Fortescue Metals Group Limited (ASX: FMG) shares did not have a pleasant day today. At the close of trading, the Fortescue share price has fallen 4.25% to $19.16 a share.
It was worse earlier in the day though. At around midday, Fortescue shares were down more than 5.5% when a low of $18.87 a share was hit.
Today’s move represents the latest chapter in what has been a rapid wind change for Fortescue. It was less than a month ago that this company was commanding a share price of $25.24 a share, meaning Fortescue has dropped 24% since 25 February.
As my Fool colleague reported this morning, it is concern over a falling iron ore price that seems to be weighing Fortescue down.
But let’s look at the bigger picture for a moment. The miner’s performance over the past few years has in some ways masked the dangers that are inherent with investing in a company like Fortescue.
Yes, the company is up an extraordinary 347% since the start of 2019. But investors would probably do well to remember that Fortescue shares also lost roughly 30% of their value over the preceding 9 or so years.
Iron is a fickle master, even for Fortescue
Headed by one of Australia’s most successful business operators in Andrew Forrest, Fortescue is evidently an extremely well-run company. However, it is also bound to the fact that is a resource extractor at the end of the day.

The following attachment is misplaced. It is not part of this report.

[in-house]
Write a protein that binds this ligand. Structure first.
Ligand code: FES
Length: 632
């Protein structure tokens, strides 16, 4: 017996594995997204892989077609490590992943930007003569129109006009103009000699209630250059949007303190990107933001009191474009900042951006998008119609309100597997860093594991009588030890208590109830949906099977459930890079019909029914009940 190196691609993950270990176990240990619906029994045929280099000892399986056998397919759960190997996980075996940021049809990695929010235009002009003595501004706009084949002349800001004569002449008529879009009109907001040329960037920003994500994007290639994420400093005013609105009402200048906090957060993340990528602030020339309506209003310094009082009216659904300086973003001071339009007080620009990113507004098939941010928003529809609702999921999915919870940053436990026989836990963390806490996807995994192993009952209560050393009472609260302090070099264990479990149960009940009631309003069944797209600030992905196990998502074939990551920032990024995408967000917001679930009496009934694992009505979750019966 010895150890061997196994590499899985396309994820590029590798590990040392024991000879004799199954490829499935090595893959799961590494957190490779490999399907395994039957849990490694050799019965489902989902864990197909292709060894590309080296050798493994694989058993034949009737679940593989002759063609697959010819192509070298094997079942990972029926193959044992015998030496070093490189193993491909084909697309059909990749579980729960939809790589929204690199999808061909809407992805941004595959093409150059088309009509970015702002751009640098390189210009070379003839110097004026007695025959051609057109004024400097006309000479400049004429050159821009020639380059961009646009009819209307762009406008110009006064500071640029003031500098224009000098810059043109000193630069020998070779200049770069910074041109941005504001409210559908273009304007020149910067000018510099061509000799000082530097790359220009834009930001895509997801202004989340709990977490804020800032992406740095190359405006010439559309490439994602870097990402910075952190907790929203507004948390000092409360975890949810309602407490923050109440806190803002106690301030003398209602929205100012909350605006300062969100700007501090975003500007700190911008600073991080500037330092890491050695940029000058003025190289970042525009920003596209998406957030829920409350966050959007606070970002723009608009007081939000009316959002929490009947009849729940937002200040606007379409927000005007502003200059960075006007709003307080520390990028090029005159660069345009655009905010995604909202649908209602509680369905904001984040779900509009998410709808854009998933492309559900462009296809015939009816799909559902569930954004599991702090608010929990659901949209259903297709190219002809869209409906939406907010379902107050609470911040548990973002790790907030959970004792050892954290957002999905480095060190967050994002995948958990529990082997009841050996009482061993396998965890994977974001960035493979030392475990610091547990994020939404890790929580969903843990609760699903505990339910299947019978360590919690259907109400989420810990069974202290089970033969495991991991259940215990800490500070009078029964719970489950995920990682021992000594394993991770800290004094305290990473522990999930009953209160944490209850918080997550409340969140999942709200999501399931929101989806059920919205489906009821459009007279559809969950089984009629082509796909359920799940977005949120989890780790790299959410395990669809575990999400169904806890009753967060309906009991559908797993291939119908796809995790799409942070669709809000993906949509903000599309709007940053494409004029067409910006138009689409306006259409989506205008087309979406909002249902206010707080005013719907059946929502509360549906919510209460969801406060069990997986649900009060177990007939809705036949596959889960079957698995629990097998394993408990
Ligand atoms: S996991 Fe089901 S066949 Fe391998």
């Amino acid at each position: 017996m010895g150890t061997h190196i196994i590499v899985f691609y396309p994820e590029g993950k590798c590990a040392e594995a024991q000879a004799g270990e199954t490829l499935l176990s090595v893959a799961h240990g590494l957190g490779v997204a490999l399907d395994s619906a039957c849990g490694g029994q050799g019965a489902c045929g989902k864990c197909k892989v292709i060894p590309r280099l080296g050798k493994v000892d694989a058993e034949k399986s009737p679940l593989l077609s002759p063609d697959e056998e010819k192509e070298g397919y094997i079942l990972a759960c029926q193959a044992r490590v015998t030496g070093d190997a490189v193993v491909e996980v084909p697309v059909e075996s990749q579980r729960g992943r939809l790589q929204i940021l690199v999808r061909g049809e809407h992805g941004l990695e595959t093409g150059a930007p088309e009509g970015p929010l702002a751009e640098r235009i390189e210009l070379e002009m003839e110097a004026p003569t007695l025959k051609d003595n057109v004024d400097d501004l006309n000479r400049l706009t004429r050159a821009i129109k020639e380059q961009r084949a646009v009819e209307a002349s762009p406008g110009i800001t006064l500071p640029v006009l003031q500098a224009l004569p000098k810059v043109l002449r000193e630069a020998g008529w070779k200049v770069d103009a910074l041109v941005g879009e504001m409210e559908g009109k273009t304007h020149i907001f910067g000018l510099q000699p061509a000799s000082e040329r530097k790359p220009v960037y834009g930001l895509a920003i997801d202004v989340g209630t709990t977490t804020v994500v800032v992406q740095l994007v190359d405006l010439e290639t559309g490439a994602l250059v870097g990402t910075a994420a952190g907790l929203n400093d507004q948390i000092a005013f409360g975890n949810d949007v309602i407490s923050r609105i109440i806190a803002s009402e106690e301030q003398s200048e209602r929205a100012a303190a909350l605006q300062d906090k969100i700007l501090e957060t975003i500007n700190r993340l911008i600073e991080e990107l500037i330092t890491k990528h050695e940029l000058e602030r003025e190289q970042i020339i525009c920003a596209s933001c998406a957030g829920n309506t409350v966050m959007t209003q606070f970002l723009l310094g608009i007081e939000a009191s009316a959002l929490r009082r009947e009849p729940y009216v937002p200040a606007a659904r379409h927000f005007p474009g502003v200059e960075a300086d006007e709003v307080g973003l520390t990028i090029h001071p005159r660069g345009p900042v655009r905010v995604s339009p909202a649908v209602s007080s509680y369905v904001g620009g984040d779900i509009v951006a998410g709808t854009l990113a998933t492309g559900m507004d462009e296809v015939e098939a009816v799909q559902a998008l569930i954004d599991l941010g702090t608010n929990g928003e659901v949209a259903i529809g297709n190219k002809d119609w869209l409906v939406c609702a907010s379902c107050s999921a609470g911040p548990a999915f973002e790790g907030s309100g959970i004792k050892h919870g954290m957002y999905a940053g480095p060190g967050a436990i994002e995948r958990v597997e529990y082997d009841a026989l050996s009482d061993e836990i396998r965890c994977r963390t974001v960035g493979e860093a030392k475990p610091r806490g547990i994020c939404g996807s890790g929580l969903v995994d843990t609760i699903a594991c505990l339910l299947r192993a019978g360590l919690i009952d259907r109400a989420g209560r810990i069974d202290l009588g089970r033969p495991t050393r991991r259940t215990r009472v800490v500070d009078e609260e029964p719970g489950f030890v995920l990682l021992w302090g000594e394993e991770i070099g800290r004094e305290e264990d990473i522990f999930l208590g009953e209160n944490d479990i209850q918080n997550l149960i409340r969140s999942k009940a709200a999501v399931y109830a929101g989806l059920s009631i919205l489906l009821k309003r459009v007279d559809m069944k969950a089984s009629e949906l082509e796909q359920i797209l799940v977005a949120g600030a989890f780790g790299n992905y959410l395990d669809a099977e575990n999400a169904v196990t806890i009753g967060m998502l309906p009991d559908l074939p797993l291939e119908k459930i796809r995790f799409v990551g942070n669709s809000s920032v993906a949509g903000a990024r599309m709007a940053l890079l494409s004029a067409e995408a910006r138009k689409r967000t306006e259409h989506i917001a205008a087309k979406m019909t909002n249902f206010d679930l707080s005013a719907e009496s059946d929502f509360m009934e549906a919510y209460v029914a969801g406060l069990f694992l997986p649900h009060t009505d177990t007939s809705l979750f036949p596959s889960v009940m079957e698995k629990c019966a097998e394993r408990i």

Fortescue’s fortunes are forever entwined with the price of iron ore. It’s this fact that can make it a potentially dangerous company to invest in if you are unaware of these pitfalls.
Companies outside the resource sector are in far more control of their own destiny. Most companies can decide what prices to charge for their products or can differentiate what they sell in other ways. This is not the case with a miner like Fortescue.
Fortescue share price ups and downs
It can only sell its product, which is essentially the same as what every other iron or miner on the planet produces, for the prevailing market price. This is great in times when iron ore is rising. But it can be terrible (and capital destructive) if iron falls into a bear market.
For anyone who bought Fortescue shares at their mid-2008 peak had to wait until January last year for their investment to return to the share price they bought at. That’s not a desirable scenario to find oneself in. But that’s often the risk that is there when investing in a miner.
So make sure you keep all of that in mind if you’re thinking about investing in iron ore mining shares. Not knowing the ins and outs of a miner, in particular, can be very dangerous indeed.